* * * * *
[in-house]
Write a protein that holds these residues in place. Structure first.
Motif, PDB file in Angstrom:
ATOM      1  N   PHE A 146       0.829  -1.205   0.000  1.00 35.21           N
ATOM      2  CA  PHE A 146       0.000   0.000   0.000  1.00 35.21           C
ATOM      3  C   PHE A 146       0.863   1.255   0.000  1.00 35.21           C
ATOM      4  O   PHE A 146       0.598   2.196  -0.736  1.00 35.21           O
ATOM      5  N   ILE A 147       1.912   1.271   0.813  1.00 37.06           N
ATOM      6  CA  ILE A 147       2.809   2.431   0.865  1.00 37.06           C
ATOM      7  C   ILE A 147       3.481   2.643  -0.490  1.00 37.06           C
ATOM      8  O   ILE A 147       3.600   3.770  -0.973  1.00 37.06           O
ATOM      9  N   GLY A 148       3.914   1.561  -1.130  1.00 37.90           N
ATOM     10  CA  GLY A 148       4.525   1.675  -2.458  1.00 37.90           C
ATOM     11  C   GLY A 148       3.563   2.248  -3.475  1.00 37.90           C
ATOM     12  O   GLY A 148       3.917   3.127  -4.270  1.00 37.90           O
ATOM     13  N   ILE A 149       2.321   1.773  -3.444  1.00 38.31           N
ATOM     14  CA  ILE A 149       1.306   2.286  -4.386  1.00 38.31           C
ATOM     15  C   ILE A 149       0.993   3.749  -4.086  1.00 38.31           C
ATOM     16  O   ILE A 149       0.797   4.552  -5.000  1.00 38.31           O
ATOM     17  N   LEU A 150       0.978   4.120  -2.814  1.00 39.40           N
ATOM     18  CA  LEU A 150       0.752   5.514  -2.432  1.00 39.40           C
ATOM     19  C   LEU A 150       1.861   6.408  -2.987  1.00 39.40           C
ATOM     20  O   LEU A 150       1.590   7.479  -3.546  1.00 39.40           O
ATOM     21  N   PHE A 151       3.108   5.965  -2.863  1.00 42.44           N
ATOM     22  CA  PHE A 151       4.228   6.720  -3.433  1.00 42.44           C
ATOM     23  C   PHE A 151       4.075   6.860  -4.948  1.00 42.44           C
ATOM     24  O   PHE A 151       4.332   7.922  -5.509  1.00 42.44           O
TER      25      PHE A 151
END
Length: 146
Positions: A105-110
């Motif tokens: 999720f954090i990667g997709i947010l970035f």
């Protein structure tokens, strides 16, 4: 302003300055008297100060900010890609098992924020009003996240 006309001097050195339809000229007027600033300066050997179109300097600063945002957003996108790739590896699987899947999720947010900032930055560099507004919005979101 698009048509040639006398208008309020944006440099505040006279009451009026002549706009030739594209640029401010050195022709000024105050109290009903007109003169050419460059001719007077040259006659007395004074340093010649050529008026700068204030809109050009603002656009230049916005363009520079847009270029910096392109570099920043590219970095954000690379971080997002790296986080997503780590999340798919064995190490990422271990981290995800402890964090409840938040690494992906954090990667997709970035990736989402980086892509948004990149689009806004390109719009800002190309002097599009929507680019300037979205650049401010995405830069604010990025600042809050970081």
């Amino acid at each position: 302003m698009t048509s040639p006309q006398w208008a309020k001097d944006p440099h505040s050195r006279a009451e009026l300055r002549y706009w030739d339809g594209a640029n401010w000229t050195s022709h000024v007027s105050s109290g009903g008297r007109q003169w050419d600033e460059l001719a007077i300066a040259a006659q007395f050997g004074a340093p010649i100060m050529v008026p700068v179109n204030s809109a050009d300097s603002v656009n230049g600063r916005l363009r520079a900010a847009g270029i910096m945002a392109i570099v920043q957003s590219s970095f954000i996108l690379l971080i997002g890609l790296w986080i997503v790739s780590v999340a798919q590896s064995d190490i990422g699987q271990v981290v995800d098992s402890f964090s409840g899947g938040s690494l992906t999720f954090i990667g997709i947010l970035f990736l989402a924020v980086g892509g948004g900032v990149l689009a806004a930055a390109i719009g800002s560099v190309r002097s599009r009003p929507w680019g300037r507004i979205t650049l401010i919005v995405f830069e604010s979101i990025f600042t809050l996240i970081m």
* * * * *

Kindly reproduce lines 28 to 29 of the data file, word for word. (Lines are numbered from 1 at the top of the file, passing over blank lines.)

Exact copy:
TER      25      PHE A 151
END